Jason Wright: Quite a lesson and legacy to leave behind

During his stays in the hospital, Torry Cline was known for his pranks. Photo courtesy of Derhonda Cline



Torry Cline was born in Front Royal on Aug. 15, 1980. Two months later, Robert and Derhonda Cline, owners of Larkins Grocery in Edinburg and a couple told they would never have biological children of their own, adopted the baby boy and prepared to share everything they knew about life, love and faith. They had no idea how quickly he’d become the real teacher.

Even before they were experts in diapers and pacifiers, they recognized Torry was different. He struggled with delayed speech and cried almost constantly. Finally, about age 4, Torry began to talk. And whenever he talked, he taught.

As Torry worked hard to catch up with other children his age, his parents were blessed — and surprised — with a biological baby. After being assured it wasn’t possible, Torry’s mother gave birth to a boy they named Heath. He also became a student to Torry the teacher.

As the family looked on, Torry navigated his learning disabilities by clinging to the scriptures, often copying his favorite verses by hand. Picking a favorite would be tough for the young scriptorian, but if he had to, he might go with Romans 8:18. “For I reckon that the sufferings of this present time are not worthy to be compared with the glory which shall be revealed in us.”

Not long after Torry’s 11th birthday, he noticed a knot on his knee. An avid skier, he’d taken plenty of spills on the slopes and neither he nor his parents were particularly concerned. In December, however, the pain became severe enough that they could no longer attribute the discomfort to clumsiness or growing pains.

His mother took him to the doctor and, after a quick X-ray, he said simply, “What do you know about taking care of handicapped kids? Because he’s going to lose his leg, and, maybe, his arm.”

Yes, the bedside manner was terrible, but the diagnosis was even worse — Torry had bone cancer. As it often does in children, the disease started in the growth plates and moved at will.

Just 24 hours later, the Clines walked into Children’s National Medical Center in downtown Washington, D.C. Over the next 27 months, Torry would endure 13 major surgeries, including a tibia transplant that left one leg shorter than the other. Though the cancer outran the scalpels, it never returned to the leg.

As cancer ravaged his physical body, his spirit and sense of humor only strengthened. Once, before going under anesthesia for complicated lung surgery, Torry wrote a note to doctors on his chest. “Please take the staples out of my leg.”

He was known to scare nurses by replacing urine with apple juice or pretending to be a ghost by covering himself in a white sheet. When they sprayed air freshener in his room, he often exclaimed, “Hey! Are you trying to kill me?”

When he wasn’t pulling pranks, he was writing rules. He wrote rules for the Sabbath, rules for sitting at the table and rules for his younger brother.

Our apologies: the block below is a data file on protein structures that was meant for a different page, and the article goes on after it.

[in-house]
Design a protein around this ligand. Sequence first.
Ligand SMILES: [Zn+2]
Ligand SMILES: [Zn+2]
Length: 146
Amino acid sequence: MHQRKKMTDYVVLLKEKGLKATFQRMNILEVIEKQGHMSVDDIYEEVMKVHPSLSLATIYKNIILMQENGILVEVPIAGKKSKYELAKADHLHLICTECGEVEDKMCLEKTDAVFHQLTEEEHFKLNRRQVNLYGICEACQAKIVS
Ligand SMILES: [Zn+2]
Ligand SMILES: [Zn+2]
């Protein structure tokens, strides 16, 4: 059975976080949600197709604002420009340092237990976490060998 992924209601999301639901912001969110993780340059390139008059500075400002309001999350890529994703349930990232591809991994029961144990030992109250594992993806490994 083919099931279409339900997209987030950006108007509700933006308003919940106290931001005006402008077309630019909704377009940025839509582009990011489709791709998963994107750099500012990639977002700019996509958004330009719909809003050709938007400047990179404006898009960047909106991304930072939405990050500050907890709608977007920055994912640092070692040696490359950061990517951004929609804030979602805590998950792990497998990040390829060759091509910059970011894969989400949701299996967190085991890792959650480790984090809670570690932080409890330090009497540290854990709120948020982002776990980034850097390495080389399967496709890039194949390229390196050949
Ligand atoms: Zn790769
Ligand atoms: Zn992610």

In August of 1992, Torry was ordained a deacon in the local congregation of The Church of Jesus Christ of Latter-day Saints. At the time, and during most of his illness, he lived at the hospital in Washington, D.C., and was not always able to travel to his home in Virginia’s Shenandoah Valley. When he did, it was only on weekends and only after bargaining and clearing many hurdles.

In December of that same year, Torry unknowingly taught one of his most meaningful lessons. Years later, it’s an experience his parents share often with friends, family and, especially, young priesthood holders.

Torry was thrilled to be home for the weekend, just two days after brain surgery. His father woke on a Sunday morning hearing noises near Torry’s room in the basement. When he investigated, he found his son dragging himself to the bathtub.

“What are you doing?”

“I get to pass the sacrament (bread and water) today,” Torry said. “I want to be clean.”

In tremendous pain and knowing no one would have said a word otherwise, the young deacon insisted he have clean hands to match his pure heart.

Four months later, on a Thursday, Torry looked at his father outside a hospital elevator on their way for yet another round of blood tests. “Take me home dad,” he said. “We’re wasting our time.”

The next day, feeling his strides shorten between this life and the next, he told his family plainly, “I’m going to die tonight.”

He did, but not before reminding them, “I haven’t suffered nearly as much as Jesus did.”

During a recent meeting with the Clines, I asked what they learned from their oldest son. They spoke of his “old soul,” his sense of humor, perseverance and his positive attitude in the face of excruciating pain. But among the many lessons, none is more important than their deep appreciation for the sacrament.

Even that very morning of our discussion, more than two decades after the Sabbath experience, the memory still returns like a good friend. As deacons pass the sacrament, the Clines picture a young boy dragging himself to the tub.

As the bread and water trays approach, they remember a perfect elder brother who gave his all for them. And they remember a son who gave a lot, too.

Because of one, they’ll see the other again. And because of the sacrament, they will see them both. It’s quite a lesson and a legacy to leave behind. But it’s not surprising.

Because like the savior, that’s what good teachers do.

Jason F. Wright is a New York Times best-selling author of 10 books, including “Christmas Jars,” “The Wednesday Letters” and “The 13th Day of Christmas.” He can be reached at feedback@jasonfwright.com or http://www.jasonfwright.com